|US5663808||15 nov. 1995||2 sept. 1997||Samsung Electronics Co., Ltd.||Device and method for automatically transmitting documents in a facsimile system|
|US5668573||6 juin 1995||16 sept. 1997||Sextant Avionique||Management method for a man-machine interaction system|
|US5677710||10 mai 1993||14 oct. 1997||Apple Computer, Inc.||Recognition keypad|
|US5682439||7 août 1995||28 oct. 1997||Apple Computer, Inc.||Boxed input correction system and method for pen based computer systems|
|US5684873||2 janv. 1996||4 nov. 1997||Nokia Mobile Phones Limited||Quick dialing in personal mobile phone|
|US5684891||14 nov. 1994||4 nov. 1997||Canon Kabushiki Kaisha||Method and apparatus for character recognition|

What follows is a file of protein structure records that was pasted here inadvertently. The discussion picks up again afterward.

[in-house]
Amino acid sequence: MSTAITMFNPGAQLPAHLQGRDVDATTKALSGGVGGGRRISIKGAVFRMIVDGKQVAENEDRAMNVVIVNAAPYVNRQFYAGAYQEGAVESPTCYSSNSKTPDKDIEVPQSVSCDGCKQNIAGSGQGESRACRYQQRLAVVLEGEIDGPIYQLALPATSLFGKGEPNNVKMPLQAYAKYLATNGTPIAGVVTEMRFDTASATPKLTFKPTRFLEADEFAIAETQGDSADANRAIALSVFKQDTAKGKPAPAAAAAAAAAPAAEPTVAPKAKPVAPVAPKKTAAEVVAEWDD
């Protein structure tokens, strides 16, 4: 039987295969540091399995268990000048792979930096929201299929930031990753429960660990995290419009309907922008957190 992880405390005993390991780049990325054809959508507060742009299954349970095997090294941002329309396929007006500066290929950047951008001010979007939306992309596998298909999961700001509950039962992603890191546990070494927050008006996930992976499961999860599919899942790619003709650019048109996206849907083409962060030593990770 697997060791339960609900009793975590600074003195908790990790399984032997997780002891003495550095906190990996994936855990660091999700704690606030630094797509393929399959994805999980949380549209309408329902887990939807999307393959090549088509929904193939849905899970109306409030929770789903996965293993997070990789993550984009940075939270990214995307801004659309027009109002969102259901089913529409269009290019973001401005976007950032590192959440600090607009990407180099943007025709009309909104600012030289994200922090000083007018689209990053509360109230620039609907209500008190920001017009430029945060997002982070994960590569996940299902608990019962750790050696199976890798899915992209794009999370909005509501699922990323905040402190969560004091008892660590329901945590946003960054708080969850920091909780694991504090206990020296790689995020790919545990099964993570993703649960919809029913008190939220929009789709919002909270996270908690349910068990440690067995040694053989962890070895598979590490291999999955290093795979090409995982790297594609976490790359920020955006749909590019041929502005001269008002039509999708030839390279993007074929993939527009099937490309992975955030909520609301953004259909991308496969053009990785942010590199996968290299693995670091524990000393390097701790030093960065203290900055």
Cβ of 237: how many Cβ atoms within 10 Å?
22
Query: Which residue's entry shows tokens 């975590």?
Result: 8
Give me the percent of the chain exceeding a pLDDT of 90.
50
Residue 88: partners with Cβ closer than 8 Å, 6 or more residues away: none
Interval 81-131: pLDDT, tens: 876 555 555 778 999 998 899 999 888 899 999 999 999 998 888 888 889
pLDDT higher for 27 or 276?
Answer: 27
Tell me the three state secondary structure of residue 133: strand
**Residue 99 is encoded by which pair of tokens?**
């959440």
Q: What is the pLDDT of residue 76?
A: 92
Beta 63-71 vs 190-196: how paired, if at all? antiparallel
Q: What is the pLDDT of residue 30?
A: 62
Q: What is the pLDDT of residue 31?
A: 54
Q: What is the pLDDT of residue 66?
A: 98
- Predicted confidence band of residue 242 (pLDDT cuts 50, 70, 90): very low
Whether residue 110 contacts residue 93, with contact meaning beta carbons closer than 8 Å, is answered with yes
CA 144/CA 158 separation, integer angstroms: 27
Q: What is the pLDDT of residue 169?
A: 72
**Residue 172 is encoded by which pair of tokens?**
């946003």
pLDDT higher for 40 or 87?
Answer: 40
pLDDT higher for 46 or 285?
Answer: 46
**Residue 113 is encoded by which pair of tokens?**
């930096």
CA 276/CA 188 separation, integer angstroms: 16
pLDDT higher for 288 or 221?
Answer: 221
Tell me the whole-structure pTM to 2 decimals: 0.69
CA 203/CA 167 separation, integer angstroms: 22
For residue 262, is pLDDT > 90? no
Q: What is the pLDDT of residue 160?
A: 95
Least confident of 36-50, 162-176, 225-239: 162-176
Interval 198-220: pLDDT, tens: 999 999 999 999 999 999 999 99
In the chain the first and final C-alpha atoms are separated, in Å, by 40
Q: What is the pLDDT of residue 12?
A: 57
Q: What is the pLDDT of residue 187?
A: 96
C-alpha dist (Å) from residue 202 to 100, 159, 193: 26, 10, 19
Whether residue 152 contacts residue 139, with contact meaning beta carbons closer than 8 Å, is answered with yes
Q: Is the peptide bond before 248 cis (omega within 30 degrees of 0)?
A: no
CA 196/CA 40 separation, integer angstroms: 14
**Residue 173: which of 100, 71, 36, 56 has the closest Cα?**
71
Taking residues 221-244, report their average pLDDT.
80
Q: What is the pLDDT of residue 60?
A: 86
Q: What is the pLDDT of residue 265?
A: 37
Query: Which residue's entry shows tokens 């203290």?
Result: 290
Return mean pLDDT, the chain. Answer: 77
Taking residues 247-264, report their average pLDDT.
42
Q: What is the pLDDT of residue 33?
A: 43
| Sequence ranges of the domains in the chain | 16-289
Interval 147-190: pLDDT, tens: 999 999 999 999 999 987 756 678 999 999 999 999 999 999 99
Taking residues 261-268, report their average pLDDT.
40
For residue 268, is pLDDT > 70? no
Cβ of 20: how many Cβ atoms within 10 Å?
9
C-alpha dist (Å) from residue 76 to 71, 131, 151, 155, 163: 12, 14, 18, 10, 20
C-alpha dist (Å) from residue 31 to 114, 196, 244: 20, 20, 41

|US5687254||6 juin 1994||11 nov. 1997||Xerox Corporation||Searching and Matching unrecognized handwriting|
|US5692073||30 juil. 1996||25 nov. 1997||Xerox Corporation||Formless forms and paper web using a reference-based mark extraction technique|
|US5699441||9 sept. 1996||16 déc. 1997||Hitachi, Ltd.||Continuous sign-language recognition apparatus and input apparatus|
|US5701424||6 juin 1995||23 déc. 1997||Microsoft Corporation||Palladian menus and methods relating thereto|
|US5701497||26 oct. 1994||23 déc. 1997||Ricoh Company, Ltd.||Telecommunication apparatus having a capability of translation|
|US5710831||7 juin 1995||20 janv. 1998||Apple Computer, Inc.||Method for correcting handwriting on a pen-based computer|
|US5713045||29 juin 1995||27 janv. 1998||Object Technology Licensing Corporation||System for processing user events with input device entity associated with event producer which further links communication from event consumer to the event producer|